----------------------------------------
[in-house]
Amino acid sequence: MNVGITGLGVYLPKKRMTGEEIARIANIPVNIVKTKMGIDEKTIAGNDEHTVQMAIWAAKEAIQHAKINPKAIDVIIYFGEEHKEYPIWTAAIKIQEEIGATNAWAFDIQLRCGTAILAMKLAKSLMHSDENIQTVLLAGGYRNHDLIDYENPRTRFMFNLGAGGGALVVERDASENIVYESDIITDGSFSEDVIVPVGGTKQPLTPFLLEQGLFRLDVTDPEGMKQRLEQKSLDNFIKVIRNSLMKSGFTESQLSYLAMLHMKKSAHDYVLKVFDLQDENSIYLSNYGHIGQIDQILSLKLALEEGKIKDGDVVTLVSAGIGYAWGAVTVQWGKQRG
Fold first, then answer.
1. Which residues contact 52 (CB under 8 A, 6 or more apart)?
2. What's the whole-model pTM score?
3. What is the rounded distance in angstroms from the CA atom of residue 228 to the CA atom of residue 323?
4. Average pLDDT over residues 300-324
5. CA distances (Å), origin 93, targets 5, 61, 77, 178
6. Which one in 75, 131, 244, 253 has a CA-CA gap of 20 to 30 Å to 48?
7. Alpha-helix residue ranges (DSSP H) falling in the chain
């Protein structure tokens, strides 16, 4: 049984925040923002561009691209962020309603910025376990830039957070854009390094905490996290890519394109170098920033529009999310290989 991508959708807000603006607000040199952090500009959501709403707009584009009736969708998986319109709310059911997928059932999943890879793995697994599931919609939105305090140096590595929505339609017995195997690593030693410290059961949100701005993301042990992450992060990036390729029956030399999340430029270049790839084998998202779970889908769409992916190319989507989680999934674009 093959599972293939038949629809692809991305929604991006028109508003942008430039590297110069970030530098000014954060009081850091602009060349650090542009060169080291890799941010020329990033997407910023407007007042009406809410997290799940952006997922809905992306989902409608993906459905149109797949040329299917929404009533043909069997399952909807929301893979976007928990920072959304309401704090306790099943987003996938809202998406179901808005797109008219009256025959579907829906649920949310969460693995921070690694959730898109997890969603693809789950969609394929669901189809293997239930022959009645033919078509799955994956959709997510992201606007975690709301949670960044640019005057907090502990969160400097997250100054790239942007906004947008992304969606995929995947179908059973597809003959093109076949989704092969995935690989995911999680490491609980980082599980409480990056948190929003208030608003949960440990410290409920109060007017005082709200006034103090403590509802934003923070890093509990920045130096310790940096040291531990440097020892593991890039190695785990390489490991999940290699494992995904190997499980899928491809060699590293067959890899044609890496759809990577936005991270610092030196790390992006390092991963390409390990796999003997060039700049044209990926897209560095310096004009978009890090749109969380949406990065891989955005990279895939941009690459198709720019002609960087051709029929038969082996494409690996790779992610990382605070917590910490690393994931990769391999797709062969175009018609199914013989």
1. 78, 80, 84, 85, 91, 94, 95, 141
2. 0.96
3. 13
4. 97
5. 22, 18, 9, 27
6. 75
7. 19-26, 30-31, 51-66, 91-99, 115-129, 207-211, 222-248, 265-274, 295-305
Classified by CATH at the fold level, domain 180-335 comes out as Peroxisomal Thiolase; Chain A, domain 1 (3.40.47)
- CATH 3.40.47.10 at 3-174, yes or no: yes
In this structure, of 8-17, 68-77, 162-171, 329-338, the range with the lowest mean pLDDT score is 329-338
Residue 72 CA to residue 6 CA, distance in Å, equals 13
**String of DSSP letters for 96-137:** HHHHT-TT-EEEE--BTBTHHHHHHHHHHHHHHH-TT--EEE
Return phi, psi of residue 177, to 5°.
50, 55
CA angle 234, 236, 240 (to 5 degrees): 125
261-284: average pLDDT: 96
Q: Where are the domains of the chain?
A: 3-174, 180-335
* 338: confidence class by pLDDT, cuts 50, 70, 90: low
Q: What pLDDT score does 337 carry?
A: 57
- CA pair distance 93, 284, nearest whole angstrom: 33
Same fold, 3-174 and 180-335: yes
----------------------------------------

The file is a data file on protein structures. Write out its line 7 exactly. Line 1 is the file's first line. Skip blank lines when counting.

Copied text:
4. Average pLDDT over residues 300-324